• Hi am 60 year’s old I do have a halth problem am going on surgery next week I did aplay for income no one give me because I couldn’t work ben 15 years because of my halth but I have 6 children one of them has autism he is no with me now and I do have still 2 children ender. 16 years old half my children was Holmes I did start small morgege home with helpe of my daughter but my daughter mouving to ostralia I need income to kipp my children inside not homles pleese if you can help all be appreciated soo mach if you can help by check I do live in 33 Aberdeen court Dartmouth ns b2x 1k4 I need monthly incom thanks my email is **deleted** joumayla bitar. Thanks

        Reply
  6. Should also add that if someone hits 65 but is short of the 40 years, waiting to draw does not increase the amount by 7% annually. Rather it would go up only 1/40 or 2.5% annually, plus the cpi increase perhaps of 1.5%, until they reach 40 years. So you’ll still end up getting more by waiting but not as much as if you had qualified for the full pension at 65.

    Reply
    • Would you please elaborate on this one.
      The same year when I turn 65 will be my 35th year in Canada. So, if I take OAS that year, I’ll get 35/40. What happens if I defer it for 5 years? Do I get 2.5% per year based on extra 5 years of residency, plus 0.6% per year based on deferral or not? If there is 0.6% increase per year, which amount this is based on as the principal changes every year during those 5 years?
      Thanks a lot.

      Reply
        • Thanks a lot for such a prompt response.
          What you say is completely opposite from Larry’s statement that I should expect to get 2.5% (1/40) per year based on residency, but not 0.6% per month, based on deferral.

          Reply
          • @Nick: I dug a bit deeper and it appears that I was wrong.

            See this article:

            https://www.thestar.com/business/personal_finance/2013/12/14/old_age_security_better_to_wait_or_take_it_now.html

            Towards, the end it covers the issue you raised.

            “That means if you are only eligible for a partial OAS pension because you have less than the 40 years of residence required for a full benefit, you can’t use the deferral period to both increase your OAS pension by counting it as additional years of residence and also receive a 0.6 per cent per month increase for voluntary deferral. The deferral period will first be applied to increase your years of residency to the maximum.”

            You may benefit from speaking with a financial advisor for a professional look at your overall financial picture to see whether deferring OAS makes sense or not.

            Cheers,
            Enoch

  7. I am a Canadian Citizen of 76 years in age.Applied for Old Age Pension in October 2017.Residing in Calgary permanently since 2nd July 2006 till date with a gap from 23rd November 2012 to 15th June 2014,During gap period I was to India to settle some issues.Matter is still pending with Service Canada. I feel I have completed minimum residency period of ten years. Matter is still pending with SERVICE CANADA.please advise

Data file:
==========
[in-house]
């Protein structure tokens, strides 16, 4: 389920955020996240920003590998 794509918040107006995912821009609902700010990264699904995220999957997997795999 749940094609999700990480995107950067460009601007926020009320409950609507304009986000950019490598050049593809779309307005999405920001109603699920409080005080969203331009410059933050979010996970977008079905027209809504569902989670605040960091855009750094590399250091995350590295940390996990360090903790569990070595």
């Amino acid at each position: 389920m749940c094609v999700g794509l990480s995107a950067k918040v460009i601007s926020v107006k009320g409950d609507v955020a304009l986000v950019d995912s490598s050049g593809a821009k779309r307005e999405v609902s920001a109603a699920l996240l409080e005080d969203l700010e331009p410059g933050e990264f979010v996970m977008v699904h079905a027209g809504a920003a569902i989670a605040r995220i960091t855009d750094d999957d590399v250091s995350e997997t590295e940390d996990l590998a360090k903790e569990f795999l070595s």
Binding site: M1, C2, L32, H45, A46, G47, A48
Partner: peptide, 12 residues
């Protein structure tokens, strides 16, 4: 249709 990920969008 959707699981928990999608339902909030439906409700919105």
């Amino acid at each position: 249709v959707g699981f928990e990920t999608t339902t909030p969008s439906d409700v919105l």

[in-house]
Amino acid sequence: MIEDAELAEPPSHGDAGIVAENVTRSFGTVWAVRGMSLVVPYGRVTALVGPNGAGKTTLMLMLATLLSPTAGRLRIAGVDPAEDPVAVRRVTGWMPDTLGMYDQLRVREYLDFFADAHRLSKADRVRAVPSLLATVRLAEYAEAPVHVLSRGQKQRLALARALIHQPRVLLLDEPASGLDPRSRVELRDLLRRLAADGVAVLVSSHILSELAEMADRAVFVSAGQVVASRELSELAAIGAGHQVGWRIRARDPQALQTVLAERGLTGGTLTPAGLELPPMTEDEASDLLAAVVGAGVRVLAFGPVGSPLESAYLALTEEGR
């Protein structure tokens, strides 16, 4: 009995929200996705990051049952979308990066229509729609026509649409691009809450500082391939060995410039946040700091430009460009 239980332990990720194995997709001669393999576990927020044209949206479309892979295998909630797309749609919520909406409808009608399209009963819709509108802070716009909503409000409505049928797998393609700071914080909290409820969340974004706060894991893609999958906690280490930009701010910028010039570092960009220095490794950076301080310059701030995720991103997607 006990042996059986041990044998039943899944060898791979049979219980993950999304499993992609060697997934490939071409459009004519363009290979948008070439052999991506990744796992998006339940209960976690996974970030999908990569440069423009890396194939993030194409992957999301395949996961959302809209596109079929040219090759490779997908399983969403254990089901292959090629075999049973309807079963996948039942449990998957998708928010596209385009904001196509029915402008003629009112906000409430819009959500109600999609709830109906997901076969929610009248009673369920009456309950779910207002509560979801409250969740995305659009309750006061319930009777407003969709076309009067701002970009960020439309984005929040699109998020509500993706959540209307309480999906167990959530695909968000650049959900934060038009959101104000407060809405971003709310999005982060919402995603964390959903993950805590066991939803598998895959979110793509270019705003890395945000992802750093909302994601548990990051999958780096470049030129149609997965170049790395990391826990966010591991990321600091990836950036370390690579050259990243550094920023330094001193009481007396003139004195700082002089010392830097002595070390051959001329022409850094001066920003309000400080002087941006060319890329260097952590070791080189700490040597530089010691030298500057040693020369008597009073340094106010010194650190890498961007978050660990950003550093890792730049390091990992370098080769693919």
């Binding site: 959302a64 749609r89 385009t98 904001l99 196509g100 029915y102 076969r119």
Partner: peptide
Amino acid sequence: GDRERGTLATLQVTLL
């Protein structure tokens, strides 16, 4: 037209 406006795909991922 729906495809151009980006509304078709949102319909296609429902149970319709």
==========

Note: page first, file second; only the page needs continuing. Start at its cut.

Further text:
Reply
      • I did saind I don’t now if you getit just am 60 years old am not working been 15 years because of my helth and I did aplay many time no one I do have morgege with 6 children 2 ender 16 they was homles I need monthly income check be ok monthly to pay mortgage all be appreciated wat can help I do live in 33 Aberdeen court Dartmouth ns b2s 1k4 my email **deleted**

        Reply
  8. Canada Revenue form T1213OAS Request to Reduce Old Age Security Recovery Tax …

    FYI – the 2018 version of the T1213(OAS) has been revised to explicitly exclude pension splitting from deductions. i.e. On Form T1213(OAS), it says- *The Pension income splitting is not considered a deduction. Do not include income tax deducted or pension income splitting amounts.
    Having said, it appears that “Pension Splitting” can’t be used to reduce income for OAS claw-back purposes?

    Reply
    • @Ian:

      As per the government website: “There is no financial advantage in deferring your OAS pension after age 70. In fact, you risk losing benefits. If you are over the age of 70, apply now.”

      Reply
    • I’m a retired gov’t employee with a $800 a month pension and I collect the CPP and work. If I deferred my OAS until I’m 70 would my CPP still be reduced at age 65 because of my gov’t pension? Or would that take affect once I start on OAC?

      Reply
      • I was mailed,that my OAS application will be deny ,if I do not apply for GIS.????
        Also I was asked,if I have been out of Canada for more than 90 days for the last 10 years ???

        Reply
    • @Maria: If you meet the minimum 20-year residency requirement, you will receive your OAS payments unhindered while outside of Canada. Where you live does not affect CPP payments.

      Reply
  9. Note to Maria:

    Depending on which country you reside in, you may be subject to withholding tax on your CPP/OAS. For example, it’s 25% in Thailand.

    Reply
  10. Hi

    I have just received my package for OAS as I will turn 65 next year in April.
    I would like to have some advice concerning the amount I will received if I opt to have my pension for next year. And also I do not choose to stop work .
    Do you have an office where I can meet you in person for more information?

    Reply
  11. Hi,

    I like to know
    1-How long I can be out of Canada to visit my kids and the rest of friend and family in a year?
    2-With respect to Toronto, Ontario high cost of living where we live in Canada, and receiving OAS amount is not enough to live with, if I work as part timer( In spite of having heart surgery and a Cancer survivor) does it effect my OAS?, and how?

    Thanks and